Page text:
We were ushered through the elegant, contemporarily designed restaurant – I adored the gorgeous chandeliers –
to the winter garden,
probably the brightest room with a view of the terrace.
What a nice setting on a rainy evening – as we caught one, unfortunately!

Quickly after bringing a bread selection,
the starter, an immaculate foie gras, combined with a strawberry chutney and a freshly baked brioche in the form of a typical Alsatian kougelhopf, was served.
The main course, a roasted pollack, paired with citrus tzatziki and lots of bok choi was convincing, too.
The dessert, la pêche “Haeberlin”, a candied peach in a perfect union with Champagne zabaglione and pistachio ice-cream, is one of Marc Haeberlins’s signature dishes.
It was truly a sweet sin, a feast for the palate and soothing to the soul, but not exactly a light delight. And the cookies which accompanied the check were divine!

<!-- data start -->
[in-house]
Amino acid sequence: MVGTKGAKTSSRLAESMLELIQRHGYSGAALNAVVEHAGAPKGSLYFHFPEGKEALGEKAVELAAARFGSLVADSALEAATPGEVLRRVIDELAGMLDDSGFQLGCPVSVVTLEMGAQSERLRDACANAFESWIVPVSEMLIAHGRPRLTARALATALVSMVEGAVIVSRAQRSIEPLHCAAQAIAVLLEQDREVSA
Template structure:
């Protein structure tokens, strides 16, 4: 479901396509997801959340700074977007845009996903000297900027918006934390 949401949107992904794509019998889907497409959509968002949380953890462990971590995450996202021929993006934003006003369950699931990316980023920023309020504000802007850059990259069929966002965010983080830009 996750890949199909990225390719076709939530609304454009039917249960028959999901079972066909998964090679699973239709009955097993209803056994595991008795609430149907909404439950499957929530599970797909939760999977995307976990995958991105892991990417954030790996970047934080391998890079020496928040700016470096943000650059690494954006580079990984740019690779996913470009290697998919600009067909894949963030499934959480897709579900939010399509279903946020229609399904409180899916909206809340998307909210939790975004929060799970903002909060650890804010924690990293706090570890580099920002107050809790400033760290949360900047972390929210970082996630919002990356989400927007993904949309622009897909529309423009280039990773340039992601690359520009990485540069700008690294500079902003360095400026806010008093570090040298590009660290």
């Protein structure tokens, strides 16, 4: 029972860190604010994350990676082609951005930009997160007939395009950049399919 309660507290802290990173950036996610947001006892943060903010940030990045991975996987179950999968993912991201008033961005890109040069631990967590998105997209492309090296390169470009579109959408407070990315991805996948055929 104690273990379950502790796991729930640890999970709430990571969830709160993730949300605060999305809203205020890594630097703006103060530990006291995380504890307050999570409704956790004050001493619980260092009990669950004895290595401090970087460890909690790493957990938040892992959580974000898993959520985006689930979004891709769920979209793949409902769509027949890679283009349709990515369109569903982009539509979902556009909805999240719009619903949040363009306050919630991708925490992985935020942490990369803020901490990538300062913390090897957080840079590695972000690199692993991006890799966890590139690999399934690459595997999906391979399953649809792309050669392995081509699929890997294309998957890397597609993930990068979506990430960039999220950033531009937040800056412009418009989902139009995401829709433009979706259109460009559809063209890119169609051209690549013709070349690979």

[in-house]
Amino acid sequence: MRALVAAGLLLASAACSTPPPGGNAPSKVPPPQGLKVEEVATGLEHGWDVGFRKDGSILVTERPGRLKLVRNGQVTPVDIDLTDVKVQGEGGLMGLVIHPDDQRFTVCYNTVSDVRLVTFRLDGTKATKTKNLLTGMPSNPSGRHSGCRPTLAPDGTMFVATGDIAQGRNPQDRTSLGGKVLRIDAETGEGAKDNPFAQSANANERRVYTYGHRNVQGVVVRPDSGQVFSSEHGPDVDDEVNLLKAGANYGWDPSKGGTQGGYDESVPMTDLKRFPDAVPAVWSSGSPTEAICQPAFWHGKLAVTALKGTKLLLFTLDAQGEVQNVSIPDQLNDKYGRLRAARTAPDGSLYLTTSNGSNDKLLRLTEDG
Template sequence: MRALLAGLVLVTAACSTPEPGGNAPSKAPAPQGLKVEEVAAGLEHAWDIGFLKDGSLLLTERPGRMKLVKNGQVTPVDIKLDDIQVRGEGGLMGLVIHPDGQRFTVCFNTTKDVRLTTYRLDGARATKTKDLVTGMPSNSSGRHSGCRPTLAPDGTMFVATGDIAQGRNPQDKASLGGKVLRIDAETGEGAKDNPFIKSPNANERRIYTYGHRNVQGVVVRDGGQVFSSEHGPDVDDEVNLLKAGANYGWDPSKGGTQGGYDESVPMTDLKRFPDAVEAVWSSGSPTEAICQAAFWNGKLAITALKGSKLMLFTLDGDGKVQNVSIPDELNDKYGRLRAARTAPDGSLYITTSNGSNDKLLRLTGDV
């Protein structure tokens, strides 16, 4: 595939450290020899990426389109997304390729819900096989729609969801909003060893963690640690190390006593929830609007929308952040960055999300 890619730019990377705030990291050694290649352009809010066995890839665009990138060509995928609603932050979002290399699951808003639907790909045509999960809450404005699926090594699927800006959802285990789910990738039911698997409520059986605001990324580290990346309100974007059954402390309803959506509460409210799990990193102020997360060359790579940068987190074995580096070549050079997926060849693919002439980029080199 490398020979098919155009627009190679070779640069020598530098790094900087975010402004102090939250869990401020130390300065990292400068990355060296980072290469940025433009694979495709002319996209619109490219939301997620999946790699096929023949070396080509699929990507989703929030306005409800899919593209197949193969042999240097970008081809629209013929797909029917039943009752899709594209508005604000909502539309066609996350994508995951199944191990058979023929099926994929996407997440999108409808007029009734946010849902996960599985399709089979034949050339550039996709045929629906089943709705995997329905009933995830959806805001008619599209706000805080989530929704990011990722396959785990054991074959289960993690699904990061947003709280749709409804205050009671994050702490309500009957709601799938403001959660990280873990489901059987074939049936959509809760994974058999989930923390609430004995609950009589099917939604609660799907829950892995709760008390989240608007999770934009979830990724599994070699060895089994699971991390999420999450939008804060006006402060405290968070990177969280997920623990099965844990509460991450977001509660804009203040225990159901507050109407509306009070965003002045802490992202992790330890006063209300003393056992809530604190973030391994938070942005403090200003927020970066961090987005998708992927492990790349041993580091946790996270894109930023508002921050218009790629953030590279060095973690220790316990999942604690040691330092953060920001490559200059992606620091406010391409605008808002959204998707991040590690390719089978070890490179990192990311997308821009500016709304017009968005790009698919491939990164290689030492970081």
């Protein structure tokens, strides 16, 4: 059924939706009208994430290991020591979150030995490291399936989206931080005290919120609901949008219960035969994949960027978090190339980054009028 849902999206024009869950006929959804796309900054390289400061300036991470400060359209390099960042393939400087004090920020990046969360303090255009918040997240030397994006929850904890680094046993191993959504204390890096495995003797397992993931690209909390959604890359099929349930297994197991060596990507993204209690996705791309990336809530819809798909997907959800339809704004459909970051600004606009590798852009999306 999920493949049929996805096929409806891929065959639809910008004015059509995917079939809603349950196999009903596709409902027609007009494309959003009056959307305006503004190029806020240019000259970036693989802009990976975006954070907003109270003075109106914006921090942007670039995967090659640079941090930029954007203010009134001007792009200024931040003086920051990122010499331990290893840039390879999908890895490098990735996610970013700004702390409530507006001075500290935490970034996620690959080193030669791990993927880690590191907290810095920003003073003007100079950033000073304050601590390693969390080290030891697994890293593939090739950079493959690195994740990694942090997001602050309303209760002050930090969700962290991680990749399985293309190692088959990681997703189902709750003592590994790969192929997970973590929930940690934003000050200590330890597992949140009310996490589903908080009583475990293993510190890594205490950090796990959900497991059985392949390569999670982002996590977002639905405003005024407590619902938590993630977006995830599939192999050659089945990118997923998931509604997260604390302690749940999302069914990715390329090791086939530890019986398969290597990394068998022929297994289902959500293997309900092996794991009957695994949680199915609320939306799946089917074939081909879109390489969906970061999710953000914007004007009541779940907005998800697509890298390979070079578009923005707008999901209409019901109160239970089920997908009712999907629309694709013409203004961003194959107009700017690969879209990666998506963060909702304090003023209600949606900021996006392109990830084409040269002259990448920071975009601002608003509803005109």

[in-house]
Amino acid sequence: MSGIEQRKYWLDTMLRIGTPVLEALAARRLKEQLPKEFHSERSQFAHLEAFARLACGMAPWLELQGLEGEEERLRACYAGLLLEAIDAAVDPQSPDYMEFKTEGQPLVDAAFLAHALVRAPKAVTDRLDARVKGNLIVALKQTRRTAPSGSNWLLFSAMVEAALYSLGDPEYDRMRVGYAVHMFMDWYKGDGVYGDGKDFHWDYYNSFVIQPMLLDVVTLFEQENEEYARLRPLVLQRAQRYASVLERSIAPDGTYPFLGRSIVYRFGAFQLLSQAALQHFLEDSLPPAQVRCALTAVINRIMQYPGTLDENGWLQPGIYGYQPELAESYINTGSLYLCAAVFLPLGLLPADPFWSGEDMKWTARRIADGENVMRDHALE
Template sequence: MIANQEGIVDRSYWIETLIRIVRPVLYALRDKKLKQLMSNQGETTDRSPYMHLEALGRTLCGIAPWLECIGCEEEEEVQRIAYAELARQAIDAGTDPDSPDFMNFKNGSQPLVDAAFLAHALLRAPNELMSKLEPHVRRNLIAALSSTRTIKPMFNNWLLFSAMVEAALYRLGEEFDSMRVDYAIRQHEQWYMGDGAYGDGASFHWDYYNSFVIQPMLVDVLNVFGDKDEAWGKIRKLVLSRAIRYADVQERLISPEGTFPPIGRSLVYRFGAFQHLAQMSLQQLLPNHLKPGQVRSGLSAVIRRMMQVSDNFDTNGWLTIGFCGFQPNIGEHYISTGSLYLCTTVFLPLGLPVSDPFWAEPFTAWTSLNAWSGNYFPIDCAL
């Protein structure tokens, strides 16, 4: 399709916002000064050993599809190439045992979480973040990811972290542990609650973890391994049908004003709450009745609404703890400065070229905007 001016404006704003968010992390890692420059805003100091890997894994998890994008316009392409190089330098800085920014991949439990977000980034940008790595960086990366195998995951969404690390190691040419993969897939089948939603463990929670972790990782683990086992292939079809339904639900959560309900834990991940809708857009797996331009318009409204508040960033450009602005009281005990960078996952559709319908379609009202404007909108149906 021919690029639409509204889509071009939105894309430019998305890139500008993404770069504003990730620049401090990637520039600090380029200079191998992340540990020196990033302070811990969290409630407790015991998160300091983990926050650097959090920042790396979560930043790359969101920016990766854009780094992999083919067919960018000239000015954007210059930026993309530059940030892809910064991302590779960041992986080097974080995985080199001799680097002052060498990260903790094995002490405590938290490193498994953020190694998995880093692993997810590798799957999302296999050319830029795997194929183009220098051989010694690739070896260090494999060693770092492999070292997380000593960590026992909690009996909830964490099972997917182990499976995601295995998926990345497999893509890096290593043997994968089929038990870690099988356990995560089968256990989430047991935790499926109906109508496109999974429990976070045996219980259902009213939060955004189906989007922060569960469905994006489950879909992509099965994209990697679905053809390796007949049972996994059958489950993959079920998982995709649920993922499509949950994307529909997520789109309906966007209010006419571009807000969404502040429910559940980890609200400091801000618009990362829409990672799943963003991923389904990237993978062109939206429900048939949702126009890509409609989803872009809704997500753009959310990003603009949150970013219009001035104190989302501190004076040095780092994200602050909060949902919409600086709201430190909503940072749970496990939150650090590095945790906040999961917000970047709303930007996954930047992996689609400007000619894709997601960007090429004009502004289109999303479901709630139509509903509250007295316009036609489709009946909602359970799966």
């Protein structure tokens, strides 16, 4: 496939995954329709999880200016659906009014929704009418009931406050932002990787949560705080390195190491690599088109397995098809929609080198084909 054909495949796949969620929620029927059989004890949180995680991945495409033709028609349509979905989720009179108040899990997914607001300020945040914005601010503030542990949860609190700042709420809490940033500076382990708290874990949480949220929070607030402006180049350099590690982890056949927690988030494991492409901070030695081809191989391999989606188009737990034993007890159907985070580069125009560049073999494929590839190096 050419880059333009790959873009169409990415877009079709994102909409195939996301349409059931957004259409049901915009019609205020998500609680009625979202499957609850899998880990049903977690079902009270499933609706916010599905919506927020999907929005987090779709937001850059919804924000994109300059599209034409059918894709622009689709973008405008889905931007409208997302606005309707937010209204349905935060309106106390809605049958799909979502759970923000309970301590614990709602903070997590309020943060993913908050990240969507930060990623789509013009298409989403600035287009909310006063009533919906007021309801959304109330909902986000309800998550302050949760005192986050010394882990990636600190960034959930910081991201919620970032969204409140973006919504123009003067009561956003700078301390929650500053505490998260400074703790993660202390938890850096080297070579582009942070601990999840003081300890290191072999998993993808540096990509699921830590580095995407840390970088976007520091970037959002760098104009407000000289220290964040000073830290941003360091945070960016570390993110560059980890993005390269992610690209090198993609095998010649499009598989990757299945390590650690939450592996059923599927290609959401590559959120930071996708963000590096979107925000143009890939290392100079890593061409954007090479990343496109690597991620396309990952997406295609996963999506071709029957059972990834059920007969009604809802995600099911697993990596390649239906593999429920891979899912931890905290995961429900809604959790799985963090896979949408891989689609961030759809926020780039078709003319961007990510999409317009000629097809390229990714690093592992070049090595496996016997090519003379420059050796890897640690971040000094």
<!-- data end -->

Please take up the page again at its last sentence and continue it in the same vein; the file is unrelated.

If you desire something different, there are plenty of other choices: two more menus (a seasonal one and a weekly one), an ample offer of starters and meat dishes, a few fish options as well as varied desserts to choose from.


You are here in a historic building and you can notice it, which is a good thing. The hotel seems to have been restored to its pristine beauty, yet it feels contemporary luxurious in an elegant style. Royal Savoy is perfect for people with a sense of heritage and at the same time seek modern comfort. I especially liked the bar lounge area with an oversize chandelier hanging from the double-height ceiling.

Every one of the staff we interacted with was attentive, gracious and professional, there is nothing to be criticized in this regard. From the first to the very last minute, service was immaculate.


When visiting Lausanne, the country’s fourth-largest city on the Lake of Geneva in western Switzerland, and looking for a hotel to stay in style, Royal Savoy is a safe bet. The historic building, a bit elevated above the lake, was extensively renovated to its former splendor. If you are a foodie, you are right here as there is also a Gault Millau awarded restaurant on site. Along with an always friendly and competent staff, there is nothing to fault in this superb historical property.

Walking activities in town and surroundings